Deen is such a sponge. He remembers stuff I wrote better than I do. I’ll go, “What did I do there?” He’ll be like, “Bro, go back here. Do this, do this …You’re going there too soon.” He has a photographic memory on all Journey material. He knows every lyric, every vocal part, every guitar part. He’s just a wealth of information when you can’t remember your own stuff. He’s also an amazing drummer and an amazing singer.

He came in to help us out and it worked out really great. We got through all the East Coast dates. And then Narada had a mild heart attack. We got him home safely, and Deen continued to stay out with us, God bless him.

At that point, Deen was out with us and continuing to play our shows. We were finishing up the album. And the music to “After Glow” came to me. It’s the last song I wrote on the album. I was playing electric guitar at home and singing the chords and the melody into my iPhone. I went, “Well, Arnel can sing this. Deen can sing it too. But since Deen isn’t drumming on this record and he’s pretty much back in the band, we might as well have him featured as a vocalist, at least on one track.”

Will Narada rejoin you on the road at some point, or it’s just going to be Deen from now on?
I think it is Deen. Deen is really doing amazing out on tour with us. He’s gotten past a lot of obstacles, and clearly shown that he’s on the right path. He’s playing amazing. He’s singing amazing. He’s a great band member. We know he can withstand the road. It’s not as easy as it looks.

Is Narada still a member of Journey?
To me, he’s a musical member. Always. I love working with him. I certainly will write more with him in the future. Randy is not out there either. He’s a musical member too.

Why didn’t Randy join you guys on the road?
Randy had back surgery. He’s still recovering. As you know, we started with Marco Mendoza. He played some dates with us and we did the iHeartRadio Festival in Vegas. I was mixing it one day with our long-time mixer, Dave Kalmusky, in Nashville. I was noticing that the bass parts — Marco is an excellent bass player, excellent singer, excellent guy — but it just wasn’t gelling. Him and Deen weren’t gelling correctly for Journey. I felt like the bass was in front of the drums. You try to put a guitar in the middle of that and it’s all squeezed. It just wasn’t feeling right.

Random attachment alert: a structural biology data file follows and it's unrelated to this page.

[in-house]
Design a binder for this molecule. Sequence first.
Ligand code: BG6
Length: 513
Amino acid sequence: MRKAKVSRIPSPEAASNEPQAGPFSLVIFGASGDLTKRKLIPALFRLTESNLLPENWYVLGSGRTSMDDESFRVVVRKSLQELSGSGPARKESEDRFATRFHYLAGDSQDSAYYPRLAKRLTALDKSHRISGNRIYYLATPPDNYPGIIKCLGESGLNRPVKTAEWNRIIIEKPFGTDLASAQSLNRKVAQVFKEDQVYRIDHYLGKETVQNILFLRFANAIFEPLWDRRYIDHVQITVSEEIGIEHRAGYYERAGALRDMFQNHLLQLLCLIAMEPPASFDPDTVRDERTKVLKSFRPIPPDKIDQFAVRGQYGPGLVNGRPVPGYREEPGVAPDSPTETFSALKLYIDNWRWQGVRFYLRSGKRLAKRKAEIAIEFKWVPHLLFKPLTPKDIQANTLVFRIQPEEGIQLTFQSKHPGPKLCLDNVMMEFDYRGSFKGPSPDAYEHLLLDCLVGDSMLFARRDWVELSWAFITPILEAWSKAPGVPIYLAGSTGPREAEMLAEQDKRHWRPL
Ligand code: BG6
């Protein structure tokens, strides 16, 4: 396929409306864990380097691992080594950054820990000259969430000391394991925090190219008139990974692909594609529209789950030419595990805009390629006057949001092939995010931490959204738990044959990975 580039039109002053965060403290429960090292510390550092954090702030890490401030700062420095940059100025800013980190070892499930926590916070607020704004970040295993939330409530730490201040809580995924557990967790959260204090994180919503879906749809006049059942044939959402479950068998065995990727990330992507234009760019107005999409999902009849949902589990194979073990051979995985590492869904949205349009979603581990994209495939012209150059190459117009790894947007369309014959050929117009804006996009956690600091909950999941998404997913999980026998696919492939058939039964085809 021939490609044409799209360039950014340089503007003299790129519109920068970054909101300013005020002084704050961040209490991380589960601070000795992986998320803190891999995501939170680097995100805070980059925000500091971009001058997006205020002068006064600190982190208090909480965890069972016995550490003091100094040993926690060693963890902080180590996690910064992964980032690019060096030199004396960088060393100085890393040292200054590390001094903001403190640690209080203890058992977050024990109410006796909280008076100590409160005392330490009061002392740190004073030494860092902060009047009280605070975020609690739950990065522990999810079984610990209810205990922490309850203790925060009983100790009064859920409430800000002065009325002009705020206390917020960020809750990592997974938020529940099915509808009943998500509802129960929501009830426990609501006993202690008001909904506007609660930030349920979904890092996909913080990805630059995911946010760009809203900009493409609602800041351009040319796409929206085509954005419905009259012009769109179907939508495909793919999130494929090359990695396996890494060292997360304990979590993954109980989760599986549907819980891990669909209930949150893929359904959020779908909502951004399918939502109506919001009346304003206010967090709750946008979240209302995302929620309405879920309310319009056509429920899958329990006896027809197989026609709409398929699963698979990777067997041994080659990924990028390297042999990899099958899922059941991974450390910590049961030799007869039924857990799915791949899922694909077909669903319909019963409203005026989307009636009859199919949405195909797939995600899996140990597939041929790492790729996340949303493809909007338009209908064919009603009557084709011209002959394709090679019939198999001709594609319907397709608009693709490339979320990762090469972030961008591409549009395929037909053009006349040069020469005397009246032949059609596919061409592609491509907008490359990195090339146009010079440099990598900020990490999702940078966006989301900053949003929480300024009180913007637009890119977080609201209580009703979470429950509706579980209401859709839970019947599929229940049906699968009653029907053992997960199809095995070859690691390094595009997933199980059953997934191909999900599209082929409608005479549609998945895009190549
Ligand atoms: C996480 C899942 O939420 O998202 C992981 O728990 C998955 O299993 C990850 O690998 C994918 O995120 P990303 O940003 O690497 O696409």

The bass has to sit behind the drums with us and do that Motown thing. I talked to Marco about it. He goes, “I’ll keep that in mind.” I thought, [incredulously] “Keep that in mind?” I talked to Deen and the rest of the guys about it and we all agreed that it wasn’t quite gelling. I suggested Todd Jensen at that point. I had played with him and Deen. We had gone on tour with Paul Rodgers [in 1993] and done the Hardline thing. He’s very soulful and coming from that Motown place.

When I played with Paul Rodgers at the Hollywood Bowl years ago with Todd, Steve Perry was there at the soundcheck. He came up onstage and goes, “You guys sound killer. You sound better than ever.” Shortly after that, Todd was in his solo band when he went out. He just seemed like an obvious choice.

Might Randy join the band on the road at some point, or it’s just Todd going forward?
I really can’t predict the future. I see Todd as being very solid as being a permanent member. He’s got the right personality and the right type of bass-playing. He’s a no-drama person. He’s an awesome guy, easy to get along with. Very talented, sings well. Seeing that it’s our 50th anniversary coming up — my 50th, the only founding guy now — who knows what’s going to happen?

What are your plans for the 50th?
What I’d like to see happen is not going to happen completely on our 50th, but eventually will, is An Evening With. I see us going back into these arenas and doing pretty much what Rush was doing, playing long shows and incorporating everything we’ve ever done, and using little segments of our early, early material as segues into other songs. It won’t be a cheesy medley, but we’ll get musical with it. I’ve also appreciated bands like Zeppelin and Hendrix and the Who that weren’t locked down to anything from night to night. They were ready to allow things to flow in a very natural way. I’d like to do that and incorporate anything.

A dream show for many fans is Santana, Journey, and then an OG Santana encore portion with you, and Greg Rolie, Michael Shrieve, and all those guys.
I see that completely. That would make total sense for a 50th anniversary. I’ve been talking to Carlos. I’ve been talking to our agent, and also AEG has been amazing to work with. I love working with them. I think it’s on the horizon. I’ve been talking to Carlos’ manager. Carlos and I were talking about getting together. I’m actually pushing for the end of 2023, if we’re in Europe or we come back here, nothing is in cemented, but we’re talking about going over to Europe, playing some large arenas with Toto, since they are very big over there. And then I said, “Why don’t we add Santana to that bill?”